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II. Election News This Week
- Through a Freedom of Information Act request, The Topeka Captial-Journal has gained access to an analysis of Kansas’ suspended voter registration list. Secretary of State Kris Kobach has touted the analysis — conducted by True the Vote — as proof of the need for Kansas’ proof-of-citizenship law, but his office has failed to release the information, even to lawmakers. While the analysis purports that 1 percent of the 25,000 people on the list are in fact non-citizens questions continue to swirl about how the data was reviewed and even the secretary’s office has said it is continuing to review the list and the analysis. Rep. John Carmichael, D-Wichita told the paper that even if the list contains some noncitizens, thousands of legal Kansans are being denied the right to vote.
- Maine’s possible move to ranked choice voting in local elections is on hold until at least 2016. The Committee for Ranked-Choice Voting, which had been gathering signatures to force a 2015 referendum on the matter has now said that it needs more time to educate voters and will work to get the measure on the 2016 ballot.
- Although the November 4 election is long certified and newly elected and re-elected officials are sworn in and hard at work, questions are swirling around the outcome of the Mineral County, Nevada election. According to a report first published in the Mineral County Independent News, 172 votes may not have been counted and the electronic cartridge and paper record containing those early votes are now locked in vault in the clerk’s office. The district attorney’s office is now investigating. "Was this an error or was this intentional?” Mineral County District Attorney Sean Rowe told KOLO-TV. "If there is any intentionality obviously this becomes a criminal matter." Regardless of whether an accident or intentional, with the election long-since certified by the elections office, canvassing board and county commission, there are many questions to how it got to this point with no one questioning the results.
- Perhaps we’ve watched The Departed one time too many, but when we think of things found floating in a Massachusetts river, elections documents aren’t one of them, but that’s exactly what happened. Recently, check-in sheets used by poll workers in 2012 were found floating in the Salisbury River and on its banks. “Somebody took our trash for whatever reason, and it ended up with a couch and some other trash in the river,” John McGarry, executive director of the Brockton election commission told The Enterprise. McGarry said no sensitive information was on the check-in sheets, but his office will still look into how it happened.
- Vote-by-mail is growing in popularity nationwide this story has to give some elections officials heartburn. An Oregon postal worker recently plead guilty to misdemeanor mail obstruction charges after failing to deliver two bins of mail including 27 ballots for a special election in May. Former postal worker Alex Douma told investigators that there was no malice in his failure to deliver the mail, he “just got lazy.”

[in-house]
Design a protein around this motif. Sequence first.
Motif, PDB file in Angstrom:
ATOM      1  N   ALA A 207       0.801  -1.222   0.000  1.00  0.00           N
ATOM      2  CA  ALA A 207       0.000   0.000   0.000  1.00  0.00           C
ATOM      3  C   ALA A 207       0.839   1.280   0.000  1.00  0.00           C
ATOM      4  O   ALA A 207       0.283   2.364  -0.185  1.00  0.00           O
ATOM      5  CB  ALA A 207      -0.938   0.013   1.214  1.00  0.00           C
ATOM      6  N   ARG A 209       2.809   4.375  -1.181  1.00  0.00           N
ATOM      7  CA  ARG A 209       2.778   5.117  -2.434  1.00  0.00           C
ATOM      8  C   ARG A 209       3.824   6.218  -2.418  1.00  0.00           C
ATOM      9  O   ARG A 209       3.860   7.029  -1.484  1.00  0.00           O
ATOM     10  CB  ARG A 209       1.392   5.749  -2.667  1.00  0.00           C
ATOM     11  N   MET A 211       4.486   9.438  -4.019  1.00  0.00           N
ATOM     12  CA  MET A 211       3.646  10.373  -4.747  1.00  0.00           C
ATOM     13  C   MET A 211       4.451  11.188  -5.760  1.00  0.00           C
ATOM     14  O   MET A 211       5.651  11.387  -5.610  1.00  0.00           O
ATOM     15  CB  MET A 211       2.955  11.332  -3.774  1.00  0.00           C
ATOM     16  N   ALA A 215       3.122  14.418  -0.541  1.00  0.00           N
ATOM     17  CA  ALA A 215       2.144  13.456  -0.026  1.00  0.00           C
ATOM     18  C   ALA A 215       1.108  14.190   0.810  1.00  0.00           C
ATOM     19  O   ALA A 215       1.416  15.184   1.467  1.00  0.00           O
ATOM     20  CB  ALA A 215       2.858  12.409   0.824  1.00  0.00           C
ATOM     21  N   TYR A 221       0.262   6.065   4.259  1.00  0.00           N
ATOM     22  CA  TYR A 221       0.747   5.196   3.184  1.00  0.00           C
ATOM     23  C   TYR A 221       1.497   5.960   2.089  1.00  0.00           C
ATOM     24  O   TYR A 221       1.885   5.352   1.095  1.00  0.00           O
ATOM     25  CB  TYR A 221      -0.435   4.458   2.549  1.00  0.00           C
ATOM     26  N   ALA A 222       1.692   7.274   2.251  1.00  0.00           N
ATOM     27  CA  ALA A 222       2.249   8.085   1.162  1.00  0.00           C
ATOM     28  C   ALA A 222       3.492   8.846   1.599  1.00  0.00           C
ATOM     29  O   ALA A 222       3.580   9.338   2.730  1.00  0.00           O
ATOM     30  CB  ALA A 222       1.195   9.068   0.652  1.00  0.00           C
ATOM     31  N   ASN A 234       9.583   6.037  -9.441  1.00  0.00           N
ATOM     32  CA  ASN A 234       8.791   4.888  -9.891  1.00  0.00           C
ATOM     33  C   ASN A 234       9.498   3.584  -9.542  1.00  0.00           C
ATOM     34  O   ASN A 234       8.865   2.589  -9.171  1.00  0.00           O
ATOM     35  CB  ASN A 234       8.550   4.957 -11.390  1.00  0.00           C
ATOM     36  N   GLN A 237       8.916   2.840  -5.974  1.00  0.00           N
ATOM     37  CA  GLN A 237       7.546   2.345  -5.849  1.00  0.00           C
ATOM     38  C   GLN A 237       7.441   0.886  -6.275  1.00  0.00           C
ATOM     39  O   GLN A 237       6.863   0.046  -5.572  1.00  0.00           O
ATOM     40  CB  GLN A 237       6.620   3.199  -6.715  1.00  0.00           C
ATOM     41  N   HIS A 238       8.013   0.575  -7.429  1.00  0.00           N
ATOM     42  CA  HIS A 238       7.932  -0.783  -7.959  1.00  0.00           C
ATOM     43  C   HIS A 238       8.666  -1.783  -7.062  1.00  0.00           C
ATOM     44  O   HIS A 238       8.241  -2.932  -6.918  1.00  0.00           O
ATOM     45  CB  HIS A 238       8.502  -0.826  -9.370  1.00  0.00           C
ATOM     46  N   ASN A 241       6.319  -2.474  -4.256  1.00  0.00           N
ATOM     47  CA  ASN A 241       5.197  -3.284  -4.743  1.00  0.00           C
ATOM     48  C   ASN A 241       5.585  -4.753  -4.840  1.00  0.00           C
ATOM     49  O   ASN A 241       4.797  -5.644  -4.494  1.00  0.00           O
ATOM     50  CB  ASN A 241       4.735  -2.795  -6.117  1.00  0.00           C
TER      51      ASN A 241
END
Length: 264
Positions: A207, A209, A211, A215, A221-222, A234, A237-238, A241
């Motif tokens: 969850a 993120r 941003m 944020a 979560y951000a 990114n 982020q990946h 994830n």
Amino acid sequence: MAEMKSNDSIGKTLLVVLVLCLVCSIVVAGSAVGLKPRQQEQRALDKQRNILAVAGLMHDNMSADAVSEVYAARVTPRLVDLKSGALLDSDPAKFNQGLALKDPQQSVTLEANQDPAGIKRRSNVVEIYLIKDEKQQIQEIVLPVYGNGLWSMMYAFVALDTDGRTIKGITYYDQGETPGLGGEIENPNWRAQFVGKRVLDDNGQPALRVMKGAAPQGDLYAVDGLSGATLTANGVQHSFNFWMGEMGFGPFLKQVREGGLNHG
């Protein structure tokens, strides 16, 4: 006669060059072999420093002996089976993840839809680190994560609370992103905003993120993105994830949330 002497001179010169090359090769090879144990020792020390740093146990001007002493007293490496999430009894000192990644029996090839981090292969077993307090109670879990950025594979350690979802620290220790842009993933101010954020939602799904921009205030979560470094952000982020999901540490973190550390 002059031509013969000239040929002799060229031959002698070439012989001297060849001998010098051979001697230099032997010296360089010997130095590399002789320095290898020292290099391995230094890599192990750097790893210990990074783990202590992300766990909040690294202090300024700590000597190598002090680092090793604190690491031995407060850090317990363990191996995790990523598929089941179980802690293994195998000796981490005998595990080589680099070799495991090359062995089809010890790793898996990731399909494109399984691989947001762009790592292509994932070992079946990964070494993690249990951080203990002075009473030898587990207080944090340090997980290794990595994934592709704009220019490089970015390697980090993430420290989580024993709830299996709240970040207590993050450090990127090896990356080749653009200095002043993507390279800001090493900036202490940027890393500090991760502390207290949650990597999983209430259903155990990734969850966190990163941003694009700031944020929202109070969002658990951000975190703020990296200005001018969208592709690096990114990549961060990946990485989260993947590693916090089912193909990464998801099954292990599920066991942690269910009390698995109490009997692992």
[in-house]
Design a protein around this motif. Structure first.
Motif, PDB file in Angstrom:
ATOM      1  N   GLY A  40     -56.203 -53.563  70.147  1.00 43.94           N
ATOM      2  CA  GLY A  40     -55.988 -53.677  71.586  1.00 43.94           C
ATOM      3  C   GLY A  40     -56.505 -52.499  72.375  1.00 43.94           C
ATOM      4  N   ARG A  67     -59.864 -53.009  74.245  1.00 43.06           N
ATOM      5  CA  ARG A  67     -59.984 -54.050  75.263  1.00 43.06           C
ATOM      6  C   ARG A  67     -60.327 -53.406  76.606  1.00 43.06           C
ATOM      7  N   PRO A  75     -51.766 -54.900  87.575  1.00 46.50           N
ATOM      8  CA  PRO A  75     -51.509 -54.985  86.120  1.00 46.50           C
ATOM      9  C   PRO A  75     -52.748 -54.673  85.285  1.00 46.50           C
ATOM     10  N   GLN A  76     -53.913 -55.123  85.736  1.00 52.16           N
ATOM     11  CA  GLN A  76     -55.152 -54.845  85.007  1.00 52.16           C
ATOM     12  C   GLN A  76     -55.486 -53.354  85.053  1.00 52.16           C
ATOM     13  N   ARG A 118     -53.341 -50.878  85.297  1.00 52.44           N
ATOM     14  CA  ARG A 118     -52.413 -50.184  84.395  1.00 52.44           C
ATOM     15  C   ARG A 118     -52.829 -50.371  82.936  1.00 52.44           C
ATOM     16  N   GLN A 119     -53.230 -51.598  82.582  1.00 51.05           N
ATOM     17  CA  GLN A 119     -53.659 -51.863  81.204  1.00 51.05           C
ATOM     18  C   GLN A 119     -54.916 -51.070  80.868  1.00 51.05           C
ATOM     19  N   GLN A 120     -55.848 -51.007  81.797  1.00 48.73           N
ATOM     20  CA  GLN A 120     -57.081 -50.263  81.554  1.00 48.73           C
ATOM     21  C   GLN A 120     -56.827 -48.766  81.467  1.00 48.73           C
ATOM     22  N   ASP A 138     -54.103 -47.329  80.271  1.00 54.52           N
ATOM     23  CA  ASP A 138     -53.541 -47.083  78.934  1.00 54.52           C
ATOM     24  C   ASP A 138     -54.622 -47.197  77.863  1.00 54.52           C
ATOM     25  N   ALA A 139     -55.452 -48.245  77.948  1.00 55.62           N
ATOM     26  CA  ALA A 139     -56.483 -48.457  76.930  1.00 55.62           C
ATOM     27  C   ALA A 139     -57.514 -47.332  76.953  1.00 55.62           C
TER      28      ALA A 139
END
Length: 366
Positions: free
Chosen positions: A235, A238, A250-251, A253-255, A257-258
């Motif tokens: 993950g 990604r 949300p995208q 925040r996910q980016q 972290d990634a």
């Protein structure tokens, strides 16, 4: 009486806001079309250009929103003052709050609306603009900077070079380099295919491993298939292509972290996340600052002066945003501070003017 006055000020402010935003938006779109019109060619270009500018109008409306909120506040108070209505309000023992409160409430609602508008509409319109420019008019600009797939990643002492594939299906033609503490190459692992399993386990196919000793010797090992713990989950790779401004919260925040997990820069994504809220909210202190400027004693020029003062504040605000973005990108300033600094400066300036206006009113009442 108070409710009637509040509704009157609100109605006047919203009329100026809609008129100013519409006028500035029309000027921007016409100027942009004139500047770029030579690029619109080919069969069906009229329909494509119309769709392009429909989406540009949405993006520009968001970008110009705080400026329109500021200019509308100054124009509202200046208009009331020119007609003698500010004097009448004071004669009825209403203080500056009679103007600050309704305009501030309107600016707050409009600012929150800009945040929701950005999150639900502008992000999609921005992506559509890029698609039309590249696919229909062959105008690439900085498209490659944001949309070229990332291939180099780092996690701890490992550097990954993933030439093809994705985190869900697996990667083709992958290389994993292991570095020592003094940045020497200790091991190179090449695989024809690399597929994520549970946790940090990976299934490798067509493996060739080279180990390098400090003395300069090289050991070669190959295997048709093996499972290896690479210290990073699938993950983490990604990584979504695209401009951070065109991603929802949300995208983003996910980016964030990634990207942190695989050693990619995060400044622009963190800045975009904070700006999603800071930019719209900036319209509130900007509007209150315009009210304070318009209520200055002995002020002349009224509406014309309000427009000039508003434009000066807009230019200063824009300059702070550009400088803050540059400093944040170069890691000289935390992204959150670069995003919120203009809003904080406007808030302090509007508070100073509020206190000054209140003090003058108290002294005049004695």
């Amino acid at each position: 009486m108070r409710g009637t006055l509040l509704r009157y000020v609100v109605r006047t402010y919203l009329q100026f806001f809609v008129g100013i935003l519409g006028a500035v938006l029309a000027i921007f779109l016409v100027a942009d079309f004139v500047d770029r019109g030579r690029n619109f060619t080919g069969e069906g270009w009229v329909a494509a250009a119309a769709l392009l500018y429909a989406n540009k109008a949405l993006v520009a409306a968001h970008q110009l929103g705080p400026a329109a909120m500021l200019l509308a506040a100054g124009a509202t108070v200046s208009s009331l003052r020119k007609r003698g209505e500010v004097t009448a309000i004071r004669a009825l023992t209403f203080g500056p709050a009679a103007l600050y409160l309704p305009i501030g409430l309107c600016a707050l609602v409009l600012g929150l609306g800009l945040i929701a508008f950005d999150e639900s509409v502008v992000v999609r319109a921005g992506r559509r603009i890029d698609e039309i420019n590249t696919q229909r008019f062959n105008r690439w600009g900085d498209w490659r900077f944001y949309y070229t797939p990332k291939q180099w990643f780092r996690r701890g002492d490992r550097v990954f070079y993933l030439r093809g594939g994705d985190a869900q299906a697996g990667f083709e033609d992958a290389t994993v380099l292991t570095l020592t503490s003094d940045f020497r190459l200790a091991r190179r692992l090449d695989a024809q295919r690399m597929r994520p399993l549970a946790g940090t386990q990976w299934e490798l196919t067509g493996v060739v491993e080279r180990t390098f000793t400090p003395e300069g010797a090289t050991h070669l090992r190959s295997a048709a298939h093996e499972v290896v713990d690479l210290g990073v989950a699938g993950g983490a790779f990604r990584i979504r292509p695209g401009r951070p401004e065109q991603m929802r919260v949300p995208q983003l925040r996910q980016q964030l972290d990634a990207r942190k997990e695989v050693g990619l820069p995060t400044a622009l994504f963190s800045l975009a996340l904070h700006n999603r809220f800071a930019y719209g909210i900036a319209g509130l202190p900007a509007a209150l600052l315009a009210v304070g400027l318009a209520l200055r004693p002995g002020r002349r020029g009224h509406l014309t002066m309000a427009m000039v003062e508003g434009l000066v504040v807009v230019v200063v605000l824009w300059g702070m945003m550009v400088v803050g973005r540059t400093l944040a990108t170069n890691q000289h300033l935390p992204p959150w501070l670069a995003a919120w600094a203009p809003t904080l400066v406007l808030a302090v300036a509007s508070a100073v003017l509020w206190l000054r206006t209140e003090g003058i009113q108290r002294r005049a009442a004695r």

- Yikes! The Niagara County, New York Sheriff’s Department is investigating a possible bullet hole found in the wall of the Niagara County board of elections storage building. Employee Lisa Gianquinto told The Buffalo News that the hole was definitely not in wall in November. A second hole was found in the interiors of the building and it was determined the bullet is still lodged in the wall.
- Personnel News: Freddie Harris has joined the Pope County, Arkansas election commission. Kentucky Secretary of State Allison Lundergan Grimes has announced that she will seek re-election instead of pursuing higher office. At this time, only one candidate — Steve Knipper — has filed as a GOP candidate. Hans Odde is the new deputy clerk in Park County, Wyoming. Tom Wiktorek and Miller Wilson have joined the Mississippi County, Arkansas election commission. Katrina Holbrook is the newest member of the Dawson, Georgia board of elections and voter registration. She replaces Charlie Vincent. Former Cass County, Missouri Clerk Janet Burlingame is the new city clerk in Peculiar. Grace Cherrington will replace Steve Harrington (see below) on the Licking County, Ohio board of elections. Bruce Coleman is the new chairman of the Crawford County, Arkansas election commission. Logan County Clerk and Recorder Pam Bacon has been named vice president of the Colorado County Clerks Association. Matthew Ward has been named Lucas County board of elections warehouse supervisor.
- In Memoriam: Former Licking County, Ohio board of elections member Steve Harrington died last week following a short illness. Harrington served on the board of elections for 11 years including as chairman. He resigned from the board on January 14 citing health reasons. "He certainly was a go-to person when they needed help at a polling place," Licking County Clerk Marcia Phelps told the Newark Advocate. "He valued the integrity of the election process."